Health is not just defined as the absence of disease, but also as the state of physical, emotional, and social well-being. Sickle cell anemia (SCA)-children have poor health-related quality of life (HRQL), principally because of poor physical functioning and severe pain. Improving HRQL has become an important goal of medical care. We present here the results of HRQL at 1 year in the DREPAGREFFE trial.
DREPAGREFFE, a French prospective, Mendelian randomized trial with 2 arms (transfusions/transplantation) defined by random-availability of a HLA-matched sibling, enrolled SCA-children younger than 15, regularly transfused for history of abnormal velocities by TCD, with at least one non-SCA sibling, and parents agreeing to HLA-typing and transplantation. Conditioning consisted of intravenous busulfan, cyclophosphamide and rabbit anti-thymocyte globulin. HbS was maintained below 30% when transfused. Between 12/2010 and 6/2013, 67 SCA-children (7 with stroke history) were enrolled. Thirty-two had a genoidentical donor and were transplanted, while 35 (no donor) were included in the transfusion arm. No stroke was observed during the 12-months follow-up. All transplanted patients successfully engrafted; three acute-GvHD (grade≥II) were observed, but none chronic-GvHD. All patients were alive at 1-year. Transplanted patients had the same hemoglobin electrophoresis as their donor and significantly lower median [IQR] cerebral velocity, and more had normalized velocities compared to the transfusion arm. However, no significant difference in cognitive performance was observed between the 2 arms at 1-year.
HRQL at 1-year, was one of the trial secondary outcome. Data were collected using the PedsQL 4.0 Generic Core Scale, a generic HRQL questionnaire with a child self-report for aged 5 through 18 and a parent proxy-report for children aged 2 through 18. The scale contains 23 items assessing physical (8), emotional (5), social (5), and school functioning (5). Four composite scores (physical, emotional, social, and school functioning) were calculated. Scores ranged from 0 to 100, with the higher scores indicating higher HRQL.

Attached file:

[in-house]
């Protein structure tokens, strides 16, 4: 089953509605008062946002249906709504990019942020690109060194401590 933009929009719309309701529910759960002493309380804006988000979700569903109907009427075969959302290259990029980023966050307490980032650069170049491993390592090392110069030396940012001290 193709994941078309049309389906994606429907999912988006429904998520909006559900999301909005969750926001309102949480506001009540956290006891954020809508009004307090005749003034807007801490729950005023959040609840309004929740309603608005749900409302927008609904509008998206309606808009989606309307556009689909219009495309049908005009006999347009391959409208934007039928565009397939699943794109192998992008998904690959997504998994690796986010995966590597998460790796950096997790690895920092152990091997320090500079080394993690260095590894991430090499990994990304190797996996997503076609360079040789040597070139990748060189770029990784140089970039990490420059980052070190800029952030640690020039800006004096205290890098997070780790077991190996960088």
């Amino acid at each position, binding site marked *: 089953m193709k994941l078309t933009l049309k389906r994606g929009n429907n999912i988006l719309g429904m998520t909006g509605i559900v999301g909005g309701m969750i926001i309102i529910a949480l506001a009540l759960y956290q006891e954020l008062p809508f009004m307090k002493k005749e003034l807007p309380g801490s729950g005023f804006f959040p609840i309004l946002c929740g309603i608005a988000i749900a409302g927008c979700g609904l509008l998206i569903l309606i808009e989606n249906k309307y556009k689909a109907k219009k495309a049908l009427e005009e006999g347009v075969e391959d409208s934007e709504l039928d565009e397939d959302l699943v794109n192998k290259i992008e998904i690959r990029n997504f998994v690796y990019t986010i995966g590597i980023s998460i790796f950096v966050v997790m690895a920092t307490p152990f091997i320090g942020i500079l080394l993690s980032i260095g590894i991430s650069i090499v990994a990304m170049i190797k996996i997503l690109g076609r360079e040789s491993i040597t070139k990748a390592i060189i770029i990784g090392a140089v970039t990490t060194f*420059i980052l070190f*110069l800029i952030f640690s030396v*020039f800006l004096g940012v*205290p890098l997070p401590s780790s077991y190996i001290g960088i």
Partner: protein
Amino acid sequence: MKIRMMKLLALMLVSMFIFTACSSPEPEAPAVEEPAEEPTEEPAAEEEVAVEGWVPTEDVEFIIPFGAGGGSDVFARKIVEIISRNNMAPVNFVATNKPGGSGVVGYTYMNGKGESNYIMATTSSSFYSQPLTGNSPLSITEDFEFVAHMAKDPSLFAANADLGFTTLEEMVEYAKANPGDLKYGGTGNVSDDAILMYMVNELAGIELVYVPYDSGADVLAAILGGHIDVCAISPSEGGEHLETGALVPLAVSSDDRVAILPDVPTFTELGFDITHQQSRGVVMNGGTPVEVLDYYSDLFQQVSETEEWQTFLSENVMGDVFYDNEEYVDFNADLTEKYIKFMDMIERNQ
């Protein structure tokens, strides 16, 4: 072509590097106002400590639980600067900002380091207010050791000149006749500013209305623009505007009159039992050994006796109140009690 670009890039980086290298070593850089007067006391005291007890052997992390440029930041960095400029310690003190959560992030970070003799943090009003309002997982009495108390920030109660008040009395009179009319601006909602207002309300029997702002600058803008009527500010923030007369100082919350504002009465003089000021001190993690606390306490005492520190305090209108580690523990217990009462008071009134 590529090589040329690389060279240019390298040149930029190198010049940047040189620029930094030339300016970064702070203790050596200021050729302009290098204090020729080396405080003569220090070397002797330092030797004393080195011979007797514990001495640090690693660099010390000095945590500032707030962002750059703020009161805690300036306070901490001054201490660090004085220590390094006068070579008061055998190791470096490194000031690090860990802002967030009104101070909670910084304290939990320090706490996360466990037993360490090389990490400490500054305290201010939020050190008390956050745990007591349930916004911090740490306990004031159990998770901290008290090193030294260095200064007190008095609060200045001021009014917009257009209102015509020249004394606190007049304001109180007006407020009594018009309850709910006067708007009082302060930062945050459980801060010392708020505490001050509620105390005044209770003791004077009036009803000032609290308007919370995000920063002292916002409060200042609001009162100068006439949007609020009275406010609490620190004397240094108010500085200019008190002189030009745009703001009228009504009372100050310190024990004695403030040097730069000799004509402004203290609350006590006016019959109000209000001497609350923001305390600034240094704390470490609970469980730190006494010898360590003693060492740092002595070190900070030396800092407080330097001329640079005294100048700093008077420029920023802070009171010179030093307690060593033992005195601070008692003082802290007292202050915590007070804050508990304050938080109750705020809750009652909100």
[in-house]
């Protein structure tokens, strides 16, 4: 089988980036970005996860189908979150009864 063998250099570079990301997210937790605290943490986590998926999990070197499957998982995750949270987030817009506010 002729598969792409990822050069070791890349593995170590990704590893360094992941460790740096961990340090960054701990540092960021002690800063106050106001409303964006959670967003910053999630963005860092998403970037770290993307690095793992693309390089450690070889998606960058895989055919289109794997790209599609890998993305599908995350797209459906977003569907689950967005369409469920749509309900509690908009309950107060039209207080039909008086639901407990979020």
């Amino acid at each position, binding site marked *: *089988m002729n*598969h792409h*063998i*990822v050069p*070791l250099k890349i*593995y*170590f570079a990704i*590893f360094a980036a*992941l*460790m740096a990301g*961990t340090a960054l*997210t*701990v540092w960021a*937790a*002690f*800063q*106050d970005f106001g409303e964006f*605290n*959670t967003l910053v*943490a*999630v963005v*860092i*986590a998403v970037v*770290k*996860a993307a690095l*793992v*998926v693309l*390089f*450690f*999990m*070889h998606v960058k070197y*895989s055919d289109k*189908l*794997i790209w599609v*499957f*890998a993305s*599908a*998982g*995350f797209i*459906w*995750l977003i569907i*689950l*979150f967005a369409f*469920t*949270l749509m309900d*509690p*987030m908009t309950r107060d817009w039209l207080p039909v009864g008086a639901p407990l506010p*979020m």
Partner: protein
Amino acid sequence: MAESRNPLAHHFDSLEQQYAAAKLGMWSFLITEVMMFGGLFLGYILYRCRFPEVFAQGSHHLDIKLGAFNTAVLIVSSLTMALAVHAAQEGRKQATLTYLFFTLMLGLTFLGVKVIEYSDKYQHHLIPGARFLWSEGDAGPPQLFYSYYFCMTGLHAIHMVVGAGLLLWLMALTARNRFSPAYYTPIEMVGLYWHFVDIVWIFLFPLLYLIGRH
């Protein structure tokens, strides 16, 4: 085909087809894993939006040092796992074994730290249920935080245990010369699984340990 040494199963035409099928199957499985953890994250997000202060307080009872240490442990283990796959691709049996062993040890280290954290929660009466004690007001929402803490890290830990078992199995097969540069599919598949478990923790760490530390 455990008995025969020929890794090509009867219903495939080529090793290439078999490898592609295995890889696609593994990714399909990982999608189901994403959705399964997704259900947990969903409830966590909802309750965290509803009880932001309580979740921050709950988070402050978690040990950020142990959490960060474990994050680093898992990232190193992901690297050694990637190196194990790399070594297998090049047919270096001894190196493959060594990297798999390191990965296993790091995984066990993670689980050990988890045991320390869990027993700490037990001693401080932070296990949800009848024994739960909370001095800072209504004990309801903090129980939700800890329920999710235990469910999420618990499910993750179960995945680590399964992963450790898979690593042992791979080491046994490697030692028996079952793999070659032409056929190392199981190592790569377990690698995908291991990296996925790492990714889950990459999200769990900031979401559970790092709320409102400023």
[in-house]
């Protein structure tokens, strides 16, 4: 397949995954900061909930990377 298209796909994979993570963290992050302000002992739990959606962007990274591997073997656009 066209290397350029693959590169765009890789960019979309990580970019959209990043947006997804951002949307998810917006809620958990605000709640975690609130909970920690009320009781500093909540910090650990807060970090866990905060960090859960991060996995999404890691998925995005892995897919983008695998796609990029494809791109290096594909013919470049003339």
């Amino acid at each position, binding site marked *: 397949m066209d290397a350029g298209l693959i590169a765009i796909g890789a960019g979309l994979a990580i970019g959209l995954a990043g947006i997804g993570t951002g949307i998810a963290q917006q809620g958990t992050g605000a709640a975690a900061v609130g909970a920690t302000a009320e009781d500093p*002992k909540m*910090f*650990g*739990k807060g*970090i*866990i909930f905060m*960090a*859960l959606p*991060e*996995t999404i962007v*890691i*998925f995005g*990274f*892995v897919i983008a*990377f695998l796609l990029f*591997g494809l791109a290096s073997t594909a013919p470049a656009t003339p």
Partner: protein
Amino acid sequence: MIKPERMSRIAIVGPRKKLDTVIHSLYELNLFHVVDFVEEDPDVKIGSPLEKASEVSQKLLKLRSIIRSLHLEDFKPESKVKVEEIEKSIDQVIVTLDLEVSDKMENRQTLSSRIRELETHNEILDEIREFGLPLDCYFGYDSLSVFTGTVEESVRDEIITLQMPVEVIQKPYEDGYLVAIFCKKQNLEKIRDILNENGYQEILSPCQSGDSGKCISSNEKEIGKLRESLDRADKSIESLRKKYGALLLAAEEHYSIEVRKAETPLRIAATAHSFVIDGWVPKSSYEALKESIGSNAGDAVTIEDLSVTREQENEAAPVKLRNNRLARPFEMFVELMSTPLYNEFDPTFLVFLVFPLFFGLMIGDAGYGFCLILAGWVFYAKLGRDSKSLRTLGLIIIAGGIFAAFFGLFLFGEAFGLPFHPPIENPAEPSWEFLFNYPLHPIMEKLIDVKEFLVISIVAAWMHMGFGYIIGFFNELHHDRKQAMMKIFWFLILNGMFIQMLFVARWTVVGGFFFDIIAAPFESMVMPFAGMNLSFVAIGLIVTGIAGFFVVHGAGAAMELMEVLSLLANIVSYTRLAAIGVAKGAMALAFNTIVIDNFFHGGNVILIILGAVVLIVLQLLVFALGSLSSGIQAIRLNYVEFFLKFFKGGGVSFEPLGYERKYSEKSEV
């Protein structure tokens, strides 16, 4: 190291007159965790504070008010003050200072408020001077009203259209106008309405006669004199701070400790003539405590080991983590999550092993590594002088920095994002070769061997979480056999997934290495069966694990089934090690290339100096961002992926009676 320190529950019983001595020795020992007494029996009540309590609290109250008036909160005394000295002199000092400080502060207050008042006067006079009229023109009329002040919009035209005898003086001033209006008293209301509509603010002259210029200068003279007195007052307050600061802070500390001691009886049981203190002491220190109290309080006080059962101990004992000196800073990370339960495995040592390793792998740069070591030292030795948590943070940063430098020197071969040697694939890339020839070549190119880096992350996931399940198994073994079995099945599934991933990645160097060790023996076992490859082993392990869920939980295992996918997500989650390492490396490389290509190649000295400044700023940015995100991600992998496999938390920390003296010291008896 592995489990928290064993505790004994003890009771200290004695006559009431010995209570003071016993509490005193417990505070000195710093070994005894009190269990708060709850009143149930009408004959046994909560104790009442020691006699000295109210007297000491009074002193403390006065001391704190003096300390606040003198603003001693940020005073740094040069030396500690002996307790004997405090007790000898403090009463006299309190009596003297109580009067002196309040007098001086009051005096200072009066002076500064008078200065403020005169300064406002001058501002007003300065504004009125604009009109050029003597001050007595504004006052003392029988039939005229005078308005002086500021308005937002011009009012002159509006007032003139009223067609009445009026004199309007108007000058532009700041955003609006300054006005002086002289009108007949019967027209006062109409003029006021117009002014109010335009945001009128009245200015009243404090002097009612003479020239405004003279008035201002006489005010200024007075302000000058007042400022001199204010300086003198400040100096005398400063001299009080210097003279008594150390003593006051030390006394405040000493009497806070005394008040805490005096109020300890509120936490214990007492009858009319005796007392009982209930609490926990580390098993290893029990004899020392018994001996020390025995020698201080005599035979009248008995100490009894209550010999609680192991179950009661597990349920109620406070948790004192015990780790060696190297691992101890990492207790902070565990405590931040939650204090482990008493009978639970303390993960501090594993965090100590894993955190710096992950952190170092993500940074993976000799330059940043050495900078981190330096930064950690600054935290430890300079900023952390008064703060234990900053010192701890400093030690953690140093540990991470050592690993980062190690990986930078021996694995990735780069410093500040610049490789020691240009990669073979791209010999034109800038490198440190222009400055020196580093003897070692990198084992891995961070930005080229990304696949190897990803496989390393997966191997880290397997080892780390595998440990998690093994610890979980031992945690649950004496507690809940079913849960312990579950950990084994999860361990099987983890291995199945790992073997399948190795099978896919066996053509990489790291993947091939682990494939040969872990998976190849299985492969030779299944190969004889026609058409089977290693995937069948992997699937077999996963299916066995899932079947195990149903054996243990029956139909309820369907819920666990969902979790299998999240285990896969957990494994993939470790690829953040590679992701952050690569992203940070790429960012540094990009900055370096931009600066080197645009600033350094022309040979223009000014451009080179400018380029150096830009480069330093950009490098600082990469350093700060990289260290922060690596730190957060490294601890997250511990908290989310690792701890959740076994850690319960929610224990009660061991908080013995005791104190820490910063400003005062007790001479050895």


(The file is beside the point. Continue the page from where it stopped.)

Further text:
At 1 year, the child self-report showed significantly better scores in transplanted than transfused children for physical health (p=0.048) and school functioning (p=0.031) (Table). Significant differences were observed for items describing "hurt" (p=0.006) and "low energy" (p=0.021), and those about missing school due to "not feeling well" (p=0.029) or "going to the hospital" (p=0.001). The parent proxy-report showed highly significant better scores in transplanted children for all scales: physical (p<0.001), emotional (p<0.001), social (p=0.005) and school functioning (p<0.001).
We show here that SCA-children have better physical health and school functioning after transplantation than on chronic transfusion, and that the differences observed concern the hurt, energy and school missings, while parents report strong differences for all items. Improvement of HRQL has been previously reported after transfusions at 3-years in a randomized trial (Silent Infarct Transfusion) (DeBaun 2014), and after transplantation in non-randomized study (Bhatia 2015), but this is the first randomized trial comparing transfusion to transplantation in SCA. It has been shown that parents usually report worse HRQL for their child than the child self-reports (Panepinto 2010) . This disagreement between parents and children has been reported to be related to parents' distress or disease severity. In contrast, in the present trial, parents of transplanted children reported a better HRQL than their child, suggesting better parental well-being, which is probably related to the better HRQL observed in their child and to anticipation of a better future.
Peffault De Latour: Alexion Pharmaceuticals, Inc.: Consultancy, Honoraria, Research Funding; Amgen: Research Funding; Novartis: Consultancy, Honoraria, Research Funding; Pfizer: Consultancy, Honoraria, Research Funding. Brousse: Add Medica: Membership on an entity's Board of Directors or advisory committees. Socié: Alexion Pharmaceuticals, Inc.: Consultancy.
Asterisk with author names denotes non-ASH members.
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